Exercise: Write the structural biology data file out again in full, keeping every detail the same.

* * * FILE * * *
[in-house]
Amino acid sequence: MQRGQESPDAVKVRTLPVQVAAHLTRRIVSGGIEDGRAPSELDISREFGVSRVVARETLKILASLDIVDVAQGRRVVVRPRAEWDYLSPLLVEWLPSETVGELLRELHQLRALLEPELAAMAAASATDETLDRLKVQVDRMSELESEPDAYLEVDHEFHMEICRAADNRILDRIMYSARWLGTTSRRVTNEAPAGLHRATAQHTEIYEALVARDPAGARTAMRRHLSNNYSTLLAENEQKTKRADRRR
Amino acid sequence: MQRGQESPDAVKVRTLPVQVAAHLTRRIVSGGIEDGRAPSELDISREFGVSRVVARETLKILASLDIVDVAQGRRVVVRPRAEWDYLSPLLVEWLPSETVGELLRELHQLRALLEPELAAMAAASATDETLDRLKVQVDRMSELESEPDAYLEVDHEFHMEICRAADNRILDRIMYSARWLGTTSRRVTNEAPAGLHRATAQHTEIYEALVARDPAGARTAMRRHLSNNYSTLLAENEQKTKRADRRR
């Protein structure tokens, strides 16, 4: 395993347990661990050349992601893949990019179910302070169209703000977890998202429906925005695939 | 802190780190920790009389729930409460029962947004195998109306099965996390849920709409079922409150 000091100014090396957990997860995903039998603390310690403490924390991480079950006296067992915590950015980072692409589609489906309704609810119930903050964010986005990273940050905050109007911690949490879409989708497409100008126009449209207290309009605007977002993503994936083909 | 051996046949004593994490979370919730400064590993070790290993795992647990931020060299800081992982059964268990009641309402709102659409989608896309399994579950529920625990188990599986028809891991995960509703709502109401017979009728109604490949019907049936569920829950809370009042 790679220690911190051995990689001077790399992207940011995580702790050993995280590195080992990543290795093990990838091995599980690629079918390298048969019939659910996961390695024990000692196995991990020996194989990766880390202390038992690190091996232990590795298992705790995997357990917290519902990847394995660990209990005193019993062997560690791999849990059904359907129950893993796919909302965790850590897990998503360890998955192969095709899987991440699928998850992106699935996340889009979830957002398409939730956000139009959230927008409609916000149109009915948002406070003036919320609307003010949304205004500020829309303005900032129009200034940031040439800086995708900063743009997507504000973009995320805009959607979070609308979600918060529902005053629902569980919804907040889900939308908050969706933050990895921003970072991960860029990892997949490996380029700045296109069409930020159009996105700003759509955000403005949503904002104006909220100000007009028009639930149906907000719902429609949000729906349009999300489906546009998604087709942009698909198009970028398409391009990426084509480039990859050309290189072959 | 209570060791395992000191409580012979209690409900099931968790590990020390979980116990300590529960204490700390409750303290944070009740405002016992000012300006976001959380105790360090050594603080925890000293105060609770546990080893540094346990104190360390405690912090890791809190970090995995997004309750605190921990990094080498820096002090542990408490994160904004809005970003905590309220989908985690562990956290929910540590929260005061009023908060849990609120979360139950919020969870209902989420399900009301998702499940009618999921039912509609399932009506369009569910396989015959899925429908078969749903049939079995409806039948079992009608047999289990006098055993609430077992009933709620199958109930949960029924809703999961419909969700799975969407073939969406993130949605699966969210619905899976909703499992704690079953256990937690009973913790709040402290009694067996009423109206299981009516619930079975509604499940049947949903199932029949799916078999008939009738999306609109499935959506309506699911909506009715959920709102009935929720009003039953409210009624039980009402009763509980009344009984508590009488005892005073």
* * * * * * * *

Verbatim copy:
[in-house]
Amino acid sequence: MQRGQESPDAVKVRTLPVQVAAHLTRRIVSGGIEDGRAPSELDISREFGVSRVVARETLKILASLDIVDVAQGRRVVVRPRAEWDYLSPLLVEWLPSETVGELLRELHQLRALLEPELAAMAAASATDETLDRLKVQVDRMSELESEPDAYLEVDHEFHMEICRAADNRILDRIMYSARWLGTTSRRVTNEAPAGLHRATAQHTEIYEALVARDPAGARTAMRRHLSNNYSTLLAENEQKTKRADRRR
Amino acid sequence: MQRGQESPDAVKVRTLPVQVAAHLTRRIVSGGIEDGRAPSELDISREFGVSRVVARETLKILASLDIVDVAQGRRVVVRPRAEWDYLSPLLVEWLPSETVGELLRELHQLRALLEPELAAMAAASATDETLDRLKVQVDRMSELESEPDAYLEVDHEFHMEICRAADNRILDRIMYSARWLGTTSRRVTNEAPAGLHRATAQHTEIYEALVARDPAGARTAMRRHLSNNYSTLLAENEQKTKRADRRR
């Protein structure tokens, strides 16, 4: 395993347990661990050349992601893949990019179910302070169209703000977890998202429906925005695939 | 802190780190920790009389729930409460029962947004195998109306099965996390849920709409079922409150 000091100014090396957990997860995903039998603390310690403490924390991480079950006296067992915590950015980072692409589609489906309704609810119930903050964010986005990273940050905050109007911690949490879409989708497409100008126009449209207290309009605007977002993503994936083909 | 051996046949004593994490979370919730400064590993070790290993795992647990931020060299800081992982059964268990009641309402709102659409989608896309399994579950529920625990188990599986028809891991995960509703709502109401017979009728109604490949019907049936569920829950809370009042 790679220690911190051995990689001077790399992207940011995580702790050993995280590195080992990543290795093990990838091995599980690629079918390298048969019939659910996961390695024990000692196995991990020996194989990766880390202390038992690190091996232990590795298992705790995997357990917290519902990847394995660990209990005193019993062997560690791999849990059904359907129950893993796919909302965790850590897990998503360890998955192969095709899987991440699928998850992106699935996340889009979830957002398409939730956000139009959230927008409609916000149109009915948002406070003036919320609307003010949304205004500020829309303005900032129009200034940031040439800086995708900063743009997507504000973009995320805009959607979070609308979600918060529902005053629902569980919804907040889900939308908050969706933050990895921003970072991960860029990892997949490996380029700045296109069409930020159009996105700003759509955000403005949503904002104006909220100000007009028009639930149906907000719902429609949000729906349009999300489906546009998604087709942009698909198009970028398409391009990426084509480039990859050309290189072959 | 209570060791395992000191409580012979209690409900099931968790590990020390979980116990300590529960204490700390409750303290944070009740405002016992000012300006976001959380105790360090050594603080925890000293105060609770546990080893540094346990104190360390405690912090890791809190970090995995997004309750605190921990990094080498820096002090542990408490994160904004809005970003905590309220989908985690562990956290929910540590929260005061009023908060849990609120979360139950919020969870209902989420399900009301998702499940009618999921039912509609399932009506369009569910396989015959899925429908078969749903049939079995409806039948079992009608047999289990006098055993609430077992009933709620199958109930949960029924809703999961419909969700799975969407073939969406993130949605699966969210619905899976909703499992704690079953256990937690009973913790709040402290009694067996009423109206299981009516619930079975509604499940049947949903199932029949799916078999008939009738999306609109499935959506309506699911909506009715959920709102009935929720009003039953409210009624039980009402009763509980009344009984508590009488005892005073």